Summary: Weekly data compiled in the Commitments of Traders report is now just a few days away from being “live” again following the long process of catching up after the December to January US government shutdown.
The COT reports will be up to date from next week when we can report on data released on March 8 that covers the week to March 5.
Below please find data in Brent and gasoil covering the week to February 26 (unaffected by shutdown) and for all other commodities, forex, bonds and stock index futures from the week to February 19.
Speculators increased bullish bets on Brent crude oil by 15.9k lots to 291k lots, a near four-month high. The increase was driven by the supportive news from the US-China trade negotiations and occurred despite President Trump’s renewed attack on Opec in response WTI and Brent crude oil’s race towards $60/b and $70/b respectively. In a tweet last Monday he asked Opec to take it easy on production cuts, saying that the world is too fragile to handle price hikes at this stage.
Despite a speedy recovery following the Trump tweet an almost non-stop accumulation of longs since early December has left Brent crude oil struggling for fresh input to take it higher. For now it has settled into a $64/b to $68/b range with the short-term risk skewed to the downside in our opinion.
The delayed reports covering US-traded commodities compiled by the CFTC showed another week of strong selling in the week to February 19. Selling was particularly strong in WTI crude oil, natural gas and not least grains. The gold long, meanwhile, reached a 10-month high ahead of its failed attempt to break $1,350/oz. The emerging rally in platinum caught hedge funds off guard as the short-covering had only just begun when it broke higher.
Speculators added fresh dollar longs for a second week up until Feb 19. Against nine IMM currency futures the gross-long rose by $2.6 billion to $24bn. Selling of EURUSD was the main contributor as the net-short reached a 2-year high. In USDJPY shorts were added again for the first time in nine weeks. Despite toying with recent highs the dollar long was still some 25% below the December peak at $32 billion.
Bonds and stock index futures
In bonds the standoff between asset managers being long and leveraged traders, such as hedge funds and CTAs (commodity trading advisers) being short, continued. The latter held very elevated short positions in two-year (Ticker: ZTM9), 10-year maturities (ZNM9) and ultra long term bonds (UBM9).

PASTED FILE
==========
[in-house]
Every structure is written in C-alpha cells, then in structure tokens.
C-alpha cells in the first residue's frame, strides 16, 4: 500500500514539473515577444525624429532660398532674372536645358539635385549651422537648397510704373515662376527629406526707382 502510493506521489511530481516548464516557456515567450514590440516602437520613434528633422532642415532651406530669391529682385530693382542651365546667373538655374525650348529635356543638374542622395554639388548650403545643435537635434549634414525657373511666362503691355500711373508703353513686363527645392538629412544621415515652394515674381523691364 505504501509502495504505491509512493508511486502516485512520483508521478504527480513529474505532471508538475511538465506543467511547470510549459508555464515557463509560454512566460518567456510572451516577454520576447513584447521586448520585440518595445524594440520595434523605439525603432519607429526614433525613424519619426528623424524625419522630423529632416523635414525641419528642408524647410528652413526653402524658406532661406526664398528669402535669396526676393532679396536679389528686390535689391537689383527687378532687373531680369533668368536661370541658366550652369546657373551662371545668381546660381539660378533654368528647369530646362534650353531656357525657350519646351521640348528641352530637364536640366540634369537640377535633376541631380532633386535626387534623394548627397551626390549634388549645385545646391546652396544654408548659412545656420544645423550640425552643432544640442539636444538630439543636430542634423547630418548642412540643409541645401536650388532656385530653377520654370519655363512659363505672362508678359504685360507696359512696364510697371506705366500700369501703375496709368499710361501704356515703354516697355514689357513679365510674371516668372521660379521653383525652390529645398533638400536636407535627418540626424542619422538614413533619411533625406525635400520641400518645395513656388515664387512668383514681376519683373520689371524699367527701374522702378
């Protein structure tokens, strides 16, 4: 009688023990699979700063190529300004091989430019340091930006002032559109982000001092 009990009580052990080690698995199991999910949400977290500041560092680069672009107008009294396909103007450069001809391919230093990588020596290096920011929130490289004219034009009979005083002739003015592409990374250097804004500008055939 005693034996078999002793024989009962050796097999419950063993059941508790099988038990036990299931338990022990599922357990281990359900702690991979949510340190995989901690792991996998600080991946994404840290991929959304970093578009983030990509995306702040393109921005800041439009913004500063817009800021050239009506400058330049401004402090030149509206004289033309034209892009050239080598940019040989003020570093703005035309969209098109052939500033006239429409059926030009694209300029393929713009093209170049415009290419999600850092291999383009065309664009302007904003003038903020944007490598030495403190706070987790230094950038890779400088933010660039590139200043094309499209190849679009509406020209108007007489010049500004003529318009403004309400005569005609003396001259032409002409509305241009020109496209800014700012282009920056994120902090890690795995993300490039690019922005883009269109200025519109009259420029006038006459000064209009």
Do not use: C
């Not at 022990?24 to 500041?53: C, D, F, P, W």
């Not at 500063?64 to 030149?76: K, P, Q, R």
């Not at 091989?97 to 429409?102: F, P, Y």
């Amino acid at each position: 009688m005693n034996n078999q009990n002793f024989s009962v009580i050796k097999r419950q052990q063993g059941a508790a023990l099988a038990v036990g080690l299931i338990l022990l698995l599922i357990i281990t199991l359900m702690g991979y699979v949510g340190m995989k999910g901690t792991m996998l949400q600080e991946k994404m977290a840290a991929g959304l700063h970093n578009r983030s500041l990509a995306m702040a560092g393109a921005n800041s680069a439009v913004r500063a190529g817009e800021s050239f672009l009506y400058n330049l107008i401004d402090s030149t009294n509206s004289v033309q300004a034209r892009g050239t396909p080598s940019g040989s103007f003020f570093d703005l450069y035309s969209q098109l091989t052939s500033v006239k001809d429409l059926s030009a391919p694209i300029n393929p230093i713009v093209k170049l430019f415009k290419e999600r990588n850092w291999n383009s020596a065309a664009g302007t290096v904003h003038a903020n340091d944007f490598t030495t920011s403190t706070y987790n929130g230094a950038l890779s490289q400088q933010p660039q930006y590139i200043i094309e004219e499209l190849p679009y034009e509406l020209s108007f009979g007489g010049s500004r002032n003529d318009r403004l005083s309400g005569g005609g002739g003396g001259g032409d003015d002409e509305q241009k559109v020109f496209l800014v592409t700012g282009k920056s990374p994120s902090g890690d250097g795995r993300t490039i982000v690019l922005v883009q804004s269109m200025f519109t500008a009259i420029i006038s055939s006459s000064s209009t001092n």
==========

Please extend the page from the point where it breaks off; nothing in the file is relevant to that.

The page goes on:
What is the Commitments of Traders report?
The Commitments of Traders (COT) report is issued by the US Commodity Futures Trading Commission (CFTC) every Friday at 15:30 EST with data from the week ending the previous Tuesday. The report breaks down the open interest across major futures markets from bonds, stock index, currencies and commodities. The ICE Futures Europe Exchange issues a similar report, also on Fridays, covering Brent crude oil and gas oil.
In commodities, the open interest is broken into the following categories: Producer/Merchant/Processor/User; Swap Dealers; Managed Money and other.
In financials the categories are Dealer/Intermediary; Asset Manager/Institutional; Managed Money and other.
Our focus is primarily on the behaviour of Managed Money traders such as commodity trading advisors (CTA), commodity pool operators (CPO), and unregistered funds.
They are likely to have tight stops and no underlying exposure that is being hedged. This makes them most reactive to changes in fundamental or technical price developments. It provides views about major trends but also helps to decipher when a reversal is looming.
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None of the information contained here constitutes an offer to purchase or sell a financial instrument, or to make any investments. Saxo does not take into account your personal investment objectives or financial situation and makes no representation and assumes no liability as to the accuracy or completeness of the information nor for any loss arising from any investment made in reliance of this presentation. Any opinions made are subject to change and may be personal to the author. These may not necessarily reflect the opinion of Saxo or its affiliates.
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